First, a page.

PM 2. Potentially though, Leavers might reason that the status quo concerns national sovereignty, that the EU breaches upon. The BBC documentary “Europe: ‘Them’ or ‘Us’” remarkably explains that it was Margaret Thatcher who helped abolish the UK veto rights and who accepted EU majority rule, and who ran this through UK Parliament without proper discussion. There seems to be good reason to return to unanimity rule in the EU, yet it is not necessarily a proper method to neglect the rights of R. (And it was Thatcher who encouraged the neoliberal economic policies that many UK voters complain about as if these would come from the EU.)
On LeGrand’s site we get Plurality as the first step in the Hare method. R gets 35% while the other options are divided with each less than 35%. Thus the outcome is R.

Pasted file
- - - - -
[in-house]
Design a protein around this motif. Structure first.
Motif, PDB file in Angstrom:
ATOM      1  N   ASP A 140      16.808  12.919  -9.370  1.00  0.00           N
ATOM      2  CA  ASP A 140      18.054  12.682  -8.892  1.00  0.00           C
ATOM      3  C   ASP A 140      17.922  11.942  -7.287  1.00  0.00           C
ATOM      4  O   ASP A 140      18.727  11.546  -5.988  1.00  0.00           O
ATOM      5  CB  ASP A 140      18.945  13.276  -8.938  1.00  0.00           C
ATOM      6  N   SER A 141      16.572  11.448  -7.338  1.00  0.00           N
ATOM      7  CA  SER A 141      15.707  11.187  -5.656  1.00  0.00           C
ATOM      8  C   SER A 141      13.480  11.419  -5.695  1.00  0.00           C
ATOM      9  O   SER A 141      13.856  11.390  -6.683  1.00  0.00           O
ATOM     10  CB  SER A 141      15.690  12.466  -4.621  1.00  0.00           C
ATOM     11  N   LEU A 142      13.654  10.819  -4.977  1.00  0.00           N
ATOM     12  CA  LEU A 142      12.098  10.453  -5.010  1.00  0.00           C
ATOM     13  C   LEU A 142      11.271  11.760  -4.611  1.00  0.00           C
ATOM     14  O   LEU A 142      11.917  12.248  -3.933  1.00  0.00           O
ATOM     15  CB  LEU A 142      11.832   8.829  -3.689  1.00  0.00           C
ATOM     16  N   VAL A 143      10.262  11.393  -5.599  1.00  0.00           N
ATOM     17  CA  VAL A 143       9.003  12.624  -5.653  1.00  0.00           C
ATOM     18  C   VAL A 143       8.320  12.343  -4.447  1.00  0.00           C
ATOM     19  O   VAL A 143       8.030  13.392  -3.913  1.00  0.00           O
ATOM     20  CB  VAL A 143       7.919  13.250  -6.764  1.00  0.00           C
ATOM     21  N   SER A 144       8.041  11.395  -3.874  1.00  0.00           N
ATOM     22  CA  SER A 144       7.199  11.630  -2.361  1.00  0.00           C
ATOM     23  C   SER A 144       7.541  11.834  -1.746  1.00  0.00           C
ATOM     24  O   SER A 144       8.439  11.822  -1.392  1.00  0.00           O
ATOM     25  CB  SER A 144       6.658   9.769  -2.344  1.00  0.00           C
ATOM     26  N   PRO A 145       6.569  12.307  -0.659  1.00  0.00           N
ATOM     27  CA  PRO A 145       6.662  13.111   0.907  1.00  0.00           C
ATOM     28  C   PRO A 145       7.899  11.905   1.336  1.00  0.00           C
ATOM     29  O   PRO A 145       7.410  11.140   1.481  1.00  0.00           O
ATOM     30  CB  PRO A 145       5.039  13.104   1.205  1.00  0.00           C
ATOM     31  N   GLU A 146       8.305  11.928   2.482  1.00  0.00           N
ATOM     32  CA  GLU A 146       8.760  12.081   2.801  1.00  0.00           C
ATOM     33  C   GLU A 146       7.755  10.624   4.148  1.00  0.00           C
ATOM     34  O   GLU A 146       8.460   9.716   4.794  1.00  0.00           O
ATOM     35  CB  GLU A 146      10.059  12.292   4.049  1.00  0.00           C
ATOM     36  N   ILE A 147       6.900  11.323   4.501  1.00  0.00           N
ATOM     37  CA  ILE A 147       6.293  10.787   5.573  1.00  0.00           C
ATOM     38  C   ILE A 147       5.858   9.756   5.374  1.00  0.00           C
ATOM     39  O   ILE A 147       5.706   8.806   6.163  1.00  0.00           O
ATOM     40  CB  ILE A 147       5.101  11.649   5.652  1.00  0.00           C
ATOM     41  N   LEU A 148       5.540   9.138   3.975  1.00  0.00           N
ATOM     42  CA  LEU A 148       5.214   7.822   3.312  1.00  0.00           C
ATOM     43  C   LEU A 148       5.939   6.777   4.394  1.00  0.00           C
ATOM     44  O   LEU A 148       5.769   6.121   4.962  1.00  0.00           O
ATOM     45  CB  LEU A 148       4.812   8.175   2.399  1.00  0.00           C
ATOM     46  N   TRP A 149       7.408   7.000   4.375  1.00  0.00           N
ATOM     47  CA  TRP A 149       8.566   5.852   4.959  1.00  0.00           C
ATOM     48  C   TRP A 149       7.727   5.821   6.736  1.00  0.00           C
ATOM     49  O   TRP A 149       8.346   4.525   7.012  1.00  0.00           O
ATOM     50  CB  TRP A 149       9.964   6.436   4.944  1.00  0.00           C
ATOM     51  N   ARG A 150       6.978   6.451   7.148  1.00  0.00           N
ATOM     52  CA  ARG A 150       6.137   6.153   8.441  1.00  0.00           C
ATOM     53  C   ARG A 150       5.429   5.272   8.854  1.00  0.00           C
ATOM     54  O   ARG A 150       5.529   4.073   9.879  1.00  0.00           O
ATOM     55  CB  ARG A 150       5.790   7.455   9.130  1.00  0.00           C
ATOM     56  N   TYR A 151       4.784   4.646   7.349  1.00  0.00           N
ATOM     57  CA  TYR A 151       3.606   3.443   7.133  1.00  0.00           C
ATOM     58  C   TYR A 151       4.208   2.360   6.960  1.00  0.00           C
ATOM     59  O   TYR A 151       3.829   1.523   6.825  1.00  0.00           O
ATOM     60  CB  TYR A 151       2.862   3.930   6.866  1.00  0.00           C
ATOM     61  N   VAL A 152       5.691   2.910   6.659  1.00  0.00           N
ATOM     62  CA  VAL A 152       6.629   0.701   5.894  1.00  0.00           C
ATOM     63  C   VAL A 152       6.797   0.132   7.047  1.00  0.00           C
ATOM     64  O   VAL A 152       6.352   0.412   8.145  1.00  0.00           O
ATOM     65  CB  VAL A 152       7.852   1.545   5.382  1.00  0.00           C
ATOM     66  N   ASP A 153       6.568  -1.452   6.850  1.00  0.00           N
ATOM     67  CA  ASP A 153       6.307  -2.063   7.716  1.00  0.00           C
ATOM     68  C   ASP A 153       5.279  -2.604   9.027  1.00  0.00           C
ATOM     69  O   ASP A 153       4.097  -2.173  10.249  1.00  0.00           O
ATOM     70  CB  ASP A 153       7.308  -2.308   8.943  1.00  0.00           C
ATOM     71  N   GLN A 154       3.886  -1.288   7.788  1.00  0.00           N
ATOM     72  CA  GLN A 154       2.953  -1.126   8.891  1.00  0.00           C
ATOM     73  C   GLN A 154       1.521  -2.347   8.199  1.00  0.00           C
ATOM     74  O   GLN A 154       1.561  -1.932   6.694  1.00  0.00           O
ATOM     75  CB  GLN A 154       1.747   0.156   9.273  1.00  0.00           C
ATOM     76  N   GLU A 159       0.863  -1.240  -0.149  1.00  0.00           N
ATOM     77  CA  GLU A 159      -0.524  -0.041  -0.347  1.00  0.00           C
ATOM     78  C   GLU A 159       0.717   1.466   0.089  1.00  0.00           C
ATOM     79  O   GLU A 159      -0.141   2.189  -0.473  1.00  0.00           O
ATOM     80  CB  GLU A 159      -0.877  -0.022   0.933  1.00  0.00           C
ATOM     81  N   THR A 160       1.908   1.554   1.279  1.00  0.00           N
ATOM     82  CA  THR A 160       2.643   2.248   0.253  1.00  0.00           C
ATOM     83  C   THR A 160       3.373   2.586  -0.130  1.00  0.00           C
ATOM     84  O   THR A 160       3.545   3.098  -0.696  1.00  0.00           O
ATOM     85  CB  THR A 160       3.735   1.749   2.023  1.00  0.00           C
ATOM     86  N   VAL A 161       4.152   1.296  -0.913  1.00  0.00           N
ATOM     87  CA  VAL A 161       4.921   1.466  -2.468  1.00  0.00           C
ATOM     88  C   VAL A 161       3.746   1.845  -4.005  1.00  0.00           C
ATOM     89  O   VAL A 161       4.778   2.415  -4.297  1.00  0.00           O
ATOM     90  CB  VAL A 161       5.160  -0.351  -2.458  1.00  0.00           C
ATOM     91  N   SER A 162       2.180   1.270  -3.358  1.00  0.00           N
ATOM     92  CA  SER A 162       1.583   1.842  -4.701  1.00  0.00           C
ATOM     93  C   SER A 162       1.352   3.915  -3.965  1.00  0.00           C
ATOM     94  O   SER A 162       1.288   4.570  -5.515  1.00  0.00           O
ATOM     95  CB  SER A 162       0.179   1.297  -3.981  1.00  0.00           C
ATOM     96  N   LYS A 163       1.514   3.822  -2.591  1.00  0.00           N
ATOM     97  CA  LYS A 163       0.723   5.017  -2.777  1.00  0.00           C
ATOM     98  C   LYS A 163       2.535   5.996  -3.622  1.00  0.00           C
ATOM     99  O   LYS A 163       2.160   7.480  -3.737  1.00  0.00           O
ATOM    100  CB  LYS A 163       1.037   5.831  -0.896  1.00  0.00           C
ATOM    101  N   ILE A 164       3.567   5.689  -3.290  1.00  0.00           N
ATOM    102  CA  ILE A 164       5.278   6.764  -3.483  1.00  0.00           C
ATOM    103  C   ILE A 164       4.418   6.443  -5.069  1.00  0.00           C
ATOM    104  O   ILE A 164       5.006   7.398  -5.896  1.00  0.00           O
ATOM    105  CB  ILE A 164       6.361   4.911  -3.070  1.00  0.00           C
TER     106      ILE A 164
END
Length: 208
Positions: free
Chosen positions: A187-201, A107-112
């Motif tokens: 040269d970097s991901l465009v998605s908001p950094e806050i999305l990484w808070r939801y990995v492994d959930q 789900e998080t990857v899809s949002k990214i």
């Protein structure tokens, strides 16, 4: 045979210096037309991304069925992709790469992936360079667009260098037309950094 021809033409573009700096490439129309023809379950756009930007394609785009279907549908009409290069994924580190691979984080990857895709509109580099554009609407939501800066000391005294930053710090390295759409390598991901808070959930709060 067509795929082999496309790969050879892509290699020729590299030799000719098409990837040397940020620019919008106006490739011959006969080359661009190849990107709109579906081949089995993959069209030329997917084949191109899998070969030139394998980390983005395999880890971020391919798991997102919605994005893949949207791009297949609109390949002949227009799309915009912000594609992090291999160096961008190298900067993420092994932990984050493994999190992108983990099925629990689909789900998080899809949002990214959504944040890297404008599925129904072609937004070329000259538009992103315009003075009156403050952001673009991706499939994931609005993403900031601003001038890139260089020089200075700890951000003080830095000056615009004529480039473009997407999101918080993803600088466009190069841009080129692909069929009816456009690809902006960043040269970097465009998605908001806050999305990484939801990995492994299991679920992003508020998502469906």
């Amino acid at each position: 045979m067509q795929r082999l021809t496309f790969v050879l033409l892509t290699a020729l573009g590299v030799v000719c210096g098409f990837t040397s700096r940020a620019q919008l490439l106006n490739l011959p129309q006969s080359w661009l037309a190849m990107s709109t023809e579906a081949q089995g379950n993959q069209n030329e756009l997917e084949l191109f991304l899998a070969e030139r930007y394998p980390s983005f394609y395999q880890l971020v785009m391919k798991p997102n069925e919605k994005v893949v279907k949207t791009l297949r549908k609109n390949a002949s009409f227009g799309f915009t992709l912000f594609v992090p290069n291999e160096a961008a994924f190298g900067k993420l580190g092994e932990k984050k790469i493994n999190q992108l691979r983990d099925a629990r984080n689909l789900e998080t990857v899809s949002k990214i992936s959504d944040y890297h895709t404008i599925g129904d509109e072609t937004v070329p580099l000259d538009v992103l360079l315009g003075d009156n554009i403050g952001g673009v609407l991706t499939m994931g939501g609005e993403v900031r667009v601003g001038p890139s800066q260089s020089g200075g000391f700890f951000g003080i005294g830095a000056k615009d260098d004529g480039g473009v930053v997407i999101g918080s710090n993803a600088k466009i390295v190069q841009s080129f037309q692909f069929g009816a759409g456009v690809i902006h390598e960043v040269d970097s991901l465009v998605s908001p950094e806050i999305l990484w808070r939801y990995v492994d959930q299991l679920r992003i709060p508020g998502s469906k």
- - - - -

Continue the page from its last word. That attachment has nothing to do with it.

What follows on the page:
(The Brexit referendum question in 2016 was flawed in design e.g. since it hid the underlying disagreements, and collected all dissent into a single Leave, also sandwiching R between various options for Leave.)
When we continue with Hare, then R remains strong and it collects votes when S and N drop off (as it is curiously sandwiched between options for Leave). Eventually R gets 45.0% and T gets 55.0%. Observe that this poll was on June 1213 2017, and that some 25% of the voters “respect” the 2016 referendum outcome that however was flawed in design. I haven’t found information about preference orderings at the time of the referendum.
Borda generates the collective ranking S > T > R > N. This is Case 9 in the original list, and fortunately this is singlepeaked.